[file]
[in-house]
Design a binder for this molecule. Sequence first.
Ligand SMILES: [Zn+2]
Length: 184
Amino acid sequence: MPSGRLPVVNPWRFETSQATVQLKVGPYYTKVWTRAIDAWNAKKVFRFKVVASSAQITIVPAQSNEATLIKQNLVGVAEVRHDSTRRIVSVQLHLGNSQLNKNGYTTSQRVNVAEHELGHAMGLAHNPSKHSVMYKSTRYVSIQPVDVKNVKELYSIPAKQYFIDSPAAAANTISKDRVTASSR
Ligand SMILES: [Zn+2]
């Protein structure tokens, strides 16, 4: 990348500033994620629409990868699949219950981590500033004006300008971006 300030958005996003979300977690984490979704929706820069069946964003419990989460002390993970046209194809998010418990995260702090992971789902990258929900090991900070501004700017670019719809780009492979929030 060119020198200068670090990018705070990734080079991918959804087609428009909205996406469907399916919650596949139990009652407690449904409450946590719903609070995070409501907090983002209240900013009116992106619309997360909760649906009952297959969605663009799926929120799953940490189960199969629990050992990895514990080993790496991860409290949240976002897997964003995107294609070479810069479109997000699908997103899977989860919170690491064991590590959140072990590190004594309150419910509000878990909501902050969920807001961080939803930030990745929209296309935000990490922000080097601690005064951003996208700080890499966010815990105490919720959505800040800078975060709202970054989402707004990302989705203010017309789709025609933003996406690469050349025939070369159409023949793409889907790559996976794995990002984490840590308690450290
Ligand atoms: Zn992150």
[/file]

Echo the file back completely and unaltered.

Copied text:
[in-house]
Design a binder for this molecule. Sequence first.
Ligand SMILES: [Zn+2]
Length: 184
Amino acid sequence: MPSGRLPVVNPWRFETSQATVQLKVGPYYTKVWTRAIDAWNAKKVFRFKVVASSAQITIVPAQSNEATLIKQNLVGVAEVRHDSTRRIVSVQLHLGNSQLNKNGYTTSQRVNVAEHELGHAMGLAHNPSKHSVMYKSTRYVSIQPVDVKNVKELYSIPAKQYFIDSPAAAANTISKDRVTASSR
Ligand SMILES: [Zn+2]
């Protein structure tokens, strides 16, 4: 990348500033994620629409990868699949219950981590500033004006300008971006 300030958005996003979300977690984490979704929706820069069946964003419990989460002390993970046209194809998010418990995260702090992971789902990258929900090991900070501004700017670019719809780009492979929030 060119020198200068670090990018705070990734080079991918959804087609428009909205996406469907399916919650596949139990009652407690449904409450946590719903609070995070409501907090983002209240900013009116992106619309997360909760649906009952297959969605663009799926929120799953940490189960199969629990050992990895514990080993790496991860409290949240976002897997964003995107294609070479810069479109997000699908997103899977989860919170690491064991590590959140072990590190004594309150419910509000878990909501902050969920807001961080939803930030990745929209296309935000990490922000080097601690005064951003996208700080890499966010815990105490919720959505800040800078975060709202970054989402707004990302989705203010017309789709025609933003996406690469050349025939070369159409023949793409889907790559996976794995990002984490840590308690450290
Ligand atoms: Zn992150």